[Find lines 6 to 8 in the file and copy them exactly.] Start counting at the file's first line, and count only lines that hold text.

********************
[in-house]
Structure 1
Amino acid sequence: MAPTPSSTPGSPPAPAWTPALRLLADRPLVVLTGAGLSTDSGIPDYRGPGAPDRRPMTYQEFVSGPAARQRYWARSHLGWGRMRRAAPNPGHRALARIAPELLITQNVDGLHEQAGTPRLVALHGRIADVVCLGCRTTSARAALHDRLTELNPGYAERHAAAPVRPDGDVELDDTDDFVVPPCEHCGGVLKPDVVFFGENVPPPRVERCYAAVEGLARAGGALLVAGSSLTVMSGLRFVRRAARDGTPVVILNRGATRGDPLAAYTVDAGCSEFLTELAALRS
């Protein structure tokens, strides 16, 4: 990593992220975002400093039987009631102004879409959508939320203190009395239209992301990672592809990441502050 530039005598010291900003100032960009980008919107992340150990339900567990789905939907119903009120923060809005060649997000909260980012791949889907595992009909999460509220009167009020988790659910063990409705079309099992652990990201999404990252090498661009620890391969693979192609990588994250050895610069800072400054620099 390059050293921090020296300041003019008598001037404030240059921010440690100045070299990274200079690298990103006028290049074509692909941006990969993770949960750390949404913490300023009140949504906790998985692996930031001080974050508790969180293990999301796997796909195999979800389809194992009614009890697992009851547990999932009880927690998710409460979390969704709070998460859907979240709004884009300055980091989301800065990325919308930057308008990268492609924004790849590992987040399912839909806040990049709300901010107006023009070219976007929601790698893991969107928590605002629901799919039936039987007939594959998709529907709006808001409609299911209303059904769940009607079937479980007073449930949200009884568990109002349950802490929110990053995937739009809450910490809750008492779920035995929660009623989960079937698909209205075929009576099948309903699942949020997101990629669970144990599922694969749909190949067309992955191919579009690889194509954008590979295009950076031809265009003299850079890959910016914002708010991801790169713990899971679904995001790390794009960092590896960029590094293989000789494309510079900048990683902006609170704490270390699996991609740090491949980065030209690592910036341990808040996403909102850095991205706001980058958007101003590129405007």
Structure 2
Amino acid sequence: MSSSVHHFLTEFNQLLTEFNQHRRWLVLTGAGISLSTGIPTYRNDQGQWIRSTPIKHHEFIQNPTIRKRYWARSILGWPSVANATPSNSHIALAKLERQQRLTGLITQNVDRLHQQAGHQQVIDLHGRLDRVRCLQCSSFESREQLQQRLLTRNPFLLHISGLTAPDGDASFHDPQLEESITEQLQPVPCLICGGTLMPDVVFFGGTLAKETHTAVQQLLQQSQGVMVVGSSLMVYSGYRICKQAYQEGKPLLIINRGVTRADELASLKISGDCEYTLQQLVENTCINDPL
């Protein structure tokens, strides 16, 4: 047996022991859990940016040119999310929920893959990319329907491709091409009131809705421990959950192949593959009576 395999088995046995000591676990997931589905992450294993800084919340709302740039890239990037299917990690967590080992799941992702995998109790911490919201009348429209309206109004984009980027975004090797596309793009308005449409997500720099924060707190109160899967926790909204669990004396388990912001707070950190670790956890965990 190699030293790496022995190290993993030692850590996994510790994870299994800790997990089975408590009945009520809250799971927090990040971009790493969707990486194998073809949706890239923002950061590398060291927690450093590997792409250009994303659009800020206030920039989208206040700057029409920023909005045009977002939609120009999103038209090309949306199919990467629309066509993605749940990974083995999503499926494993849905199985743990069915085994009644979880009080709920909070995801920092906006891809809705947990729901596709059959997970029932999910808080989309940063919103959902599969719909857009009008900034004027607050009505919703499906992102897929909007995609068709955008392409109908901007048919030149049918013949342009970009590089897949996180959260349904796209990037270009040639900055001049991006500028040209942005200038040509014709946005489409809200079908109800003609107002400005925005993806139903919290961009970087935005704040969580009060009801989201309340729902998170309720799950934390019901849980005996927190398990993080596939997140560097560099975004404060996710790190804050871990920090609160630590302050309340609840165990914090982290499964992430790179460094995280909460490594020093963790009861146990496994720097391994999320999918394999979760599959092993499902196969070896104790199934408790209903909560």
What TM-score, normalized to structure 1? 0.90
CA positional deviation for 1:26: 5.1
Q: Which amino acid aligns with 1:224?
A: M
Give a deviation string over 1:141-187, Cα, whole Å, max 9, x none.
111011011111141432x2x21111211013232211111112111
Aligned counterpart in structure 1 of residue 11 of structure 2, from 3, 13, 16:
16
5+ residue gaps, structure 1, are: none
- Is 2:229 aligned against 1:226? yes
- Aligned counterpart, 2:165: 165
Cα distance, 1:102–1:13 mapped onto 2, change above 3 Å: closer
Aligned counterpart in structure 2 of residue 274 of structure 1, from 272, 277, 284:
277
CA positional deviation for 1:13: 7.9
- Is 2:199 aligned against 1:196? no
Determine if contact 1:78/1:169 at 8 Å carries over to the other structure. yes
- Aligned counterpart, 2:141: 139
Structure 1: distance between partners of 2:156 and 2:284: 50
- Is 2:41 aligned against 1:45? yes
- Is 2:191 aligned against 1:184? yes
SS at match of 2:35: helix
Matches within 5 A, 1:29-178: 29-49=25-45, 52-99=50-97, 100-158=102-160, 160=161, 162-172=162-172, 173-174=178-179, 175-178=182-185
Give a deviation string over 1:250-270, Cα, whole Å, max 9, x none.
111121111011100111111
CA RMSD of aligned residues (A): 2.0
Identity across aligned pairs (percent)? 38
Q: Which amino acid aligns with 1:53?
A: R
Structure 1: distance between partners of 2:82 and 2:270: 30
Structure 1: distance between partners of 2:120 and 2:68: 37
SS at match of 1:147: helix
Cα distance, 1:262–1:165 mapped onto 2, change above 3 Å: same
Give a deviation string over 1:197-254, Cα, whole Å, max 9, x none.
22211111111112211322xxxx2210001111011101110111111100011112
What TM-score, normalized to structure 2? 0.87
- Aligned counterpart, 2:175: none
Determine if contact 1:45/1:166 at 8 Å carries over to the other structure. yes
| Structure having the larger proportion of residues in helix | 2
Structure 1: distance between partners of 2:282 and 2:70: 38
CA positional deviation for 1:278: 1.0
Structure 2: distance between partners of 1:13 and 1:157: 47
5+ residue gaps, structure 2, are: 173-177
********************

Amino acid sequence: MSSSVHHFLTEFNQLLTEFNQHRRWLVLTGAGISLSTGIPTYRNDQGQWIRSTPIKHHEFIQNPTIRKRYWARSILGWPSVANATPSNSHIALAKLERQQRLTGLITQNVDRLHQQAGHQQVIDLHGRLDRVRCLQCSSFESREQLQQRLLTRNPFLLHISGLTAPDGDASFHDPQLEESITEQLQPVPCLICGGTLMPDVVFFGGTLAKETHTAVQQLLQQSQGVMVVGSSLMVYSGYRICKQAYQEGKPLLIINRGVTRADELASLKISGDCEYTLQQLVENTCINDPL
């Protein structure tokens, strides 16, 4: 047996022991859990940016040119999310929920893959990319329907491709091409009131809705421990959950192949593959009576 395999088995046995000591676990997931589905992450294993800084919340709302740039890239990037299917990690967590080992799941992702995998109790911490919201009348429209309206109004984009980027975004090797596309793009308005449409997500720099924060707190109160899967926790909204669990004396388990912001707070950190670790956890965990 190699030293790496022995190290993993030692850590996994510790994870299994800790997990089975408590009945009520809250799971927090990040971009790493969707990486194998073809949706890239923002950061590398060291927690450093590997792409250009994303659009800020206030920039989208206040700057029409920023909005045009977002939609120009999103038209090309949306199919990467629309066509993605749940990974083995999503499926494993849905199985743990069915085994009644979880009080709920909070995801920092906006891809809705947990729901596709059959997970029932999910808080989309940063919103959902599969719909857009009008900034004027607050009505919703499906992102897929909007995609068709955008392409109908901007048919030149049918013949342009970009590089897949996180959260349904796209990037270009040639900055001049991006500028040209942005200038040509014709946005489409809200079908109800003609107002400005925005993806139903919290961009970087935005704040969580009060009801989201309340729902998170309720799950934390019901849980005996927190398990993080596939997140560097560099975004404060996710790190804050871990920090609160630590302050309340609840165990914090982290499964992430790179460094995280909460490594020093963790009861146990496994720097391994999320999918394999979760599959092993499902196969070896104790199934408790209903909560």
What TM-score, normalized to structure 1? 0.90